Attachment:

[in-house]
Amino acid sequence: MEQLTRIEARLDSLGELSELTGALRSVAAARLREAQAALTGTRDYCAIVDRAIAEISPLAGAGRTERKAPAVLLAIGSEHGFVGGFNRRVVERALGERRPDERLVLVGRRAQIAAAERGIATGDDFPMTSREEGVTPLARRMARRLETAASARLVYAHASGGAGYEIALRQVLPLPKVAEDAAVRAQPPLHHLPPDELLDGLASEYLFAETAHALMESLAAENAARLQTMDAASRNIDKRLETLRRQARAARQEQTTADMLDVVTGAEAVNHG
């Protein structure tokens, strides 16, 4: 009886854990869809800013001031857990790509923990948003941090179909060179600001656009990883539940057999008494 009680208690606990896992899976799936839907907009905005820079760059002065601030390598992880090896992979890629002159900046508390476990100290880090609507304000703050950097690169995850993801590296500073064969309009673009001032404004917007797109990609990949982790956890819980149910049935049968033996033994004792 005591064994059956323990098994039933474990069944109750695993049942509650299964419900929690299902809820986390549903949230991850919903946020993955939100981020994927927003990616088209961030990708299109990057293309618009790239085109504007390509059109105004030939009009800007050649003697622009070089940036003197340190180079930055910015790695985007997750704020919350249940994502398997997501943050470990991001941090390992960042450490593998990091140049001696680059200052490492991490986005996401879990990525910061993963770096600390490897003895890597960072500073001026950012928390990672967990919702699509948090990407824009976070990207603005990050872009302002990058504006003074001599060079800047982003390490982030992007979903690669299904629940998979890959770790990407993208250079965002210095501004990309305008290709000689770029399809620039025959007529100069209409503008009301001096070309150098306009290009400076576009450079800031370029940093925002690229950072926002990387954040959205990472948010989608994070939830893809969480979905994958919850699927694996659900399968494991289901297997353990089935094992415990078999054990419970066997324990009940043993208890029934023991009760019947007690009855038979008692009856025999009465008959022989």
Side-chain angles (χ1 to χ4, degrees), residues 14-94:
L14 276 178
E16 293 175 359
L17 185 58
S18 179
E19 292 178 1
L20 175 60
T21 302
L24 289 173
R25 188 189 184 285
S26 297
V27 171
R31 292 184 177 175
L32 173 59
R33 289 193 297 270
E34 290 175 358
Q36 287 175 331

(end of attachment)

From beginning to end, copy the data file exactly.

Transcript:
[in-house]
Amino acid sequence: MEQLTRIEARLDSLGELSELTGALRSVAAARLREAQAALTGTRDYCAIVDRAIAEISPLAGAGRTERKAPAVLLAIGSEHGFVGGFNRRVVERALGERRPDERLVLVGRRAQIAAAERGIATGDDFPMTSREEGVTPLARRMARRLETAASARLVYAHASGGAGYEIALRQVLPLPKVAEDAAVRAQPPLHHLPPDELLDGLASEYLFAETAHALMESLAAENAARLQTMDAASRNIDKRLETLRRQARAARQEQTTADMLDVVTGAEAVNHG
């Protein structure tokens, strides 16, 4: 009886854990869809800013001031857990790509923990948003941090179909060179600001656009990883539940057999008494 009680208690606990896992899976799936839907907009905005820079760059002065601030390598992880090896992979890629002159900046508390476990100290880090609507304000703050950097690169995850993801590296500073064969309009673009001032404004917007797109990609990949982790956890819980149910049935049968033996033994004792 005591064994059956323990098994039933474990069944109750695993049942509650299964419900929690299902809820986390549903949230991850919903946020993955939100981020994927927003990616088209961030990708299109990057293309618009790239085109504007390509059109105004030939009009800007050649003697622009070089940036003197340190180079930055910015790695985007997750704020919350249940994502398997997501943050470990991001941090390992960042450490593998990091140049001696680059200052490492991490986005996401879990990525910061993963770096600390490897003895890597960072500073001026950012928390990672967990919702699509948090990407824009976070990207603005990050872009302002990058504006003074001599060079800047982003390490982030992007979903690669299904629940998979890959770790990407993208250079965002210095501004990309305008290709000689770029399809620039025959007529100069209409503008009301001096070309150098306009290009400076576009450079800031370029940093925002690229950072926002990387954040959205990472948010989608994070939830893809969480979905994958919850699927694996659900399968494991289901297997353990089935094992415990078999054990419970066997324990009940043993208890029934023991009760019947007690009855038979008692009856025999009465008959022989």
Side-chain angles (χ1 to χ4, degrees), residues 14-94:
L14 276 178
E16 293 175 359
L17 185 58
S18 179
E19 292 178 1
L20 175 60
T21 302
L24 289 173
R25 188 189 184 285
S26 297
V27 171
R31 292 184 177 175
L32 173 59
R33 289 193 297 270
E34 290 175 358
Q36 287 175 331